In response to a petition filed before Israel’s Supreme Court by Center for Women’s Justice (CWJ) and Kolech, the Ministry of Religion has instructed mikvah (ritual bath) attendants that they must adopt a “don’t ask, don’t tell” policy regarding women who wish to use the mikvah, and not ask questions about their purpose. This will enable the use of Israel’s state-funded mikvahs by single women and others who were previously prevented from doing so according to the policy of the Chief Rabbinate.
The petition was filed two years ago, on behalf of two single women who had been barred by mikvah attendants from mikvah use, which the rabbinate limits to married women following the Jewish laws of ritual purity. In May 2013, following a Supreme Court hearing on the case and at the Court’s urging, the Ministry of Religion agreed to instruct attendants to refrain from asking personal status questions of women who wished to use the ritual baths.
The Ministry of Religion acted on this decision last week. It circulated an official directive stating unequivocally that “The attendant may not ask women any questions relating to their personal status (whether they are married, single, etc.), and the right to use the mikvah may not depend on the answers to these questions.”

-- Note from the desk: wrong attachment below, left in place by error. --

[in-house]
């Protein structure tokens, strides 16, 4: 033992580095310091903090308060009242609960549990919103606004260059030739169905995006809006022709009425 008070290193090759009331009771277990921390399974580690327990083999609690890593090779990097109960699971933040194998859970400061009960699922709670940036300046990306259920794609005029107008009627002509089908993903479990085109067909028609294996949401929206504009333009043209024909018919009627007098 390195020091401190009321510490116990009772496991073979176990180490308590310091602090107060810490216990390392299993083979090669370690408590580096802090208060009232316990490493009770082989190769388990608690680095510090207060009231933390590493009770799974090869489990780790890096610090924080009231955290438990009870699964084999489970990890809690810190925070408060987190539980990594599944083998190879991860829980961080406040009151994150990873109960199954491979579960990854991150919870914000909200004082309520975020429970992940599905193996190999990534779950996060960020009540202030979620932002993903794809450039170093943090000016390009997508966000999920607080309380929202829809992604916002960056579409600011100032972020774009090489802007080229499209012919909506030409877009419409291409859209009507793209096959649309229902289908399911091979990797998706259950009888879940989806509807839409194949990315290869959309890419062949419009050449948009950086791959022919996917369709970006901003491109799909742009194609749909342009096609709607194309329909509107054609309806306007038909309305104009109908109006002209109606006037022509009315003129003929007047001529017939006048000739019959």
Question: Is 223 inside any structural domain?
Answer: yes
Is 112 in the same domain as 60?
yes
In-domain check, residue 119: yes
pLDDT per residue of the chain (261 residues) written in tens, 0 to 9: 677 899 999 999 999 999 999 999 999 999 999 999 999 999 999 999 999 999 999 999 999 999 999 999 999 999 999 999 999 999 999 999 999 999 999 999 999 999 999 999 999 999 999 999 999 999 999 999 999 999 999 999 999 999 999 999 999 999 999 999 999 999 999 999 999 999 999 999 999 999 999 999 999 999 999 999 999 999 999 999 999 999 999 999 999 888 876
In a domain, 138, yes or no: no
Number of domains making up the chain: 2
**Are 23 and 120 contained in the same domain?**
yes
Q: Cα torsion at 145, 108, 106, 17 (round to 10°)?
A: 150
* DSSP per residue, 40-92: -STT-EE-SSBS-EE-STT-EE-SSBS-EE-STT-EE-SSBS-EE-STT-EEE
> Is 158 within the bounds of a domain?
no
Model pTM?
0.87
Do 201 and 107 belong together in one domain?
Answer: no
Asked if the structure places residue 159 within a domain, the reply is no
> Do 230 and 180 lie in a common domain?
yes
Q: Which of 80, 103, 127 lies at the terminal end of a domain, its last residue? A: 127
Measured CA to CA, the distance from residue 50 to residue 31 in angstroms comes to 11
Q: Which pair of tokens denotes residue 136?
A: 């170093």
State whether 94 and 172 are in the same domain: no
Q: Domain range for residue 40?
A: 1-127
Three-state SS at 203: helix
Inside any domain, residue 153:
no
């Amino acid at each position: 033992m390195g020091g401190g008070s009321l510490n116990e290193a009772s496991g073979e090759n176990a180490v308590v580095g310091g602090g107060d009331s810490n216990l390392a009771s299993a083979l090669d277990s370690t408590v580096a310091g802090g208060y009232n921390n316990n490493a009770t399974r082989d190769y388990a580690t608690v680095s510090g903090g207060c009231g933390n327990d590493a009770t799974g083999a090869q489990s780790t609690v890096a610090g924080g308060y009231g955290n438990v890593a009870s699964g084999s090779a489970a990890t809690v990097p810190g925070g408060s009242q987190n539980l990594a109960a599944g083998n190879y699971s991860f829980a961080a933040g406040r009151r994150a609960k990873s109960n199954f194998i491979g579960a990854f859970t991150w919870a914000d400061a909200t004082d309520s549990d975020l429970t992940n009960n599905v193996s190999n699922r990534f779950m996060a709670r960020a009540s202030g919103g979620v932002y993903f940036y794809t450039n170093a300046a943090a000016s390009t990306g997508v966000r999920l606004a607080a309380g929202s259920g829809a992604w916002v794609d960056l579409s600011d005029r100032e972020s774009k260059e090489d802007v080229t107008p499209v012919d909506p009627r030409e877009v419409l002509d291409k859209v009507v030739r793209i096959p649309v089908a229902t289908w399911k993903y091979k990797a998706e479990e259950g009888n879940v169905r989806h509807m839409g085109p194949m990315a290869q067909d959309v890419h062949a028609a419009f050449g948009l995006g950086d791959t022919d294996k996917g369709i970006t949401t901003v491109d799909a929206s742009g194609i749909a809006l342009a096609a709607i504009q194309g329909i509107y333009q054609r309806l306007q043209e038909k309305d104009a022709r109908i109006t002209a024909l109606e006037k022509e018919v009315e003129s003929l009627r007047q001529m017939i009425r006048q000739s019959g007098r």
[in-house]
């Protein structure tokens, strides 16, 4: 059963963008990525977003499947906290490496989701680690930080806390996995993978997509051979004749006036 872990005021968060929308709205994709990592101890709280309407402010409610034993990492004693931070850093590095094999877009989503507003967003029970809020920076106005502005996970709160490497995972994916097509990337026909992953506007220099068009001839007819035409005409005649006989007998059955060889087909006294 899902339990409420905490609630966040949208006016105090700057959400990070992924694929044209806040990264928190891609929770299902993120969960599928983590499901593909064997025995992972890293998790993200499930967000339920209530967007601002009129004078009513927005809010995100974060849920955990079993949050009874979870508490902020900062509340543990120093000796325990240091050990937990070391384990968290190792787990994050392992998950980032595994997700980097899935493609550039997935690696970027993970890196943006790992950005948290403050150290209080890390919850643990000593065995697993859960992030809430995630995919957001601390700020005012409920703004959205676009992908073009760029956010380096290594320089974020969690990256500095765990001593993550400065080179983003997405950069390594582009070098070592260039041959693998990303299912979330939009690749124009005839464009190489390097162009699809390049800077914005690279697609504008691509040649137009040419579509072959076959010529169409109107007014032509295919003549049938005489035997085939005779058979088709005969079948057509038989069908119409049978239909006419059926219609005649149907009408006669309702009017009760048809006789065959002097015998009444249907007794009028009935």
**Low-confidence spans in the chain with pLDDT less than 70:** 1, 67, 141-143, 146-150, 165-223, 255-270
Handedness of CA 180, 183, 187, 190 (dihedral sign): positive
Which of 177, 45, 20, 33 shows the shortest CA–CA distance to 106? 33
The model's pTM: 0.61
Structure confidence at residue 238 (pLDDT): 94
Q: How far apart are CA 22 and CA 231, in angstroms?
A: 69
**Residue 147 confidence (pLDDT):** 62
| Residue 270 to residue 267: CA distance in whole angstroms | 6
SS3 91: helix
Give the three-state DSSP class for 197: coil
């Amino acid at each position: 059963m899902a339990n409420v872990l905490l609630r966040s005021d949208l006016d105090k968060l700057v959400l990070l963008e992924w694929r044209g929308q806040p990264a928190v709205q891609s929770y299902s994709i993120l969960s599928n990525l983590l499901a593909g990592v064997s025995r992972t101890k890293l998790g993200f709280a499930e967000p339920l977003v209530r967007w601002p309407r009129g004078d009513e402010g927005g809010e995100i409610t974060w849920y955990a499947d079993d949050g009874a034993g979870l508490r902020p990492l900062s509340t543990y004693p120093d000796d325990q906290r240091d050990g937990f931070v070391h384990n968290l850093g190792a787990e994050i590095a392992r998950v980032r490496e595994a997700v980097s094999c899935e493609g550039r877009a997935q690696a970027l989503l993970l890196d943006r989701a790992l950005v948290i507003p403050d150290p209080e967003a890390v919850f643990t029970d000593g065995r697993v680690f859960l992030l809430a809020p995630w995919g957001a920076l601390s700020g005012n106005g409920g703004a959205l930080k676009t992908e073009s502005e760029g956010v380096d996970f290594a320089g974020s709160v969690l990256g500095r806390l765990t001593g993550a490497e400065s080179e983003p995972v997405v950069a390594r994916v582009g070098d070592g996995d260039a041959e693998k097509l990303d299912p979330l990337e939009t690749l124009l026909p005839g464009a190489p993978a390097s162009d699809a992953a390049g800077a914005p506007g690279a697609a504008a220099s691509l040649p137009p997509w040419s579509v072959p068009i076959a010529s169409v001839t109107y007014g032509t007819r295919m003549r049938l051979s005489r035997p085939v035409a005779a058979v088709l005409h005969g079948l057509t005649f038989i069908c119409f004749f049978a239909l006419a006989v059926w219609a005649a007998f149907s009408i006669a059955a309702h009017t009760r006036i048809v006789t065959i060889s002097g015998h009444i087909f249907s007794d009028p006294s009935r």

The directive added that each mikvah should display a sign stating that use by single women is forbidden; however, no questions may be asked and “each woman bears responsibility for her own actions.”
“CWJ welcomes the State of Israel’s recognition of the right of mikvah users to privacy and autonomy,” said CWJ director, attorney Susan Weiss. “This is an important step forward toward freedom of religion and conscience for all citizens of the State. Mikvahs exist to serve the public, and a government body should not have authority over a woman’s personal religious observance.”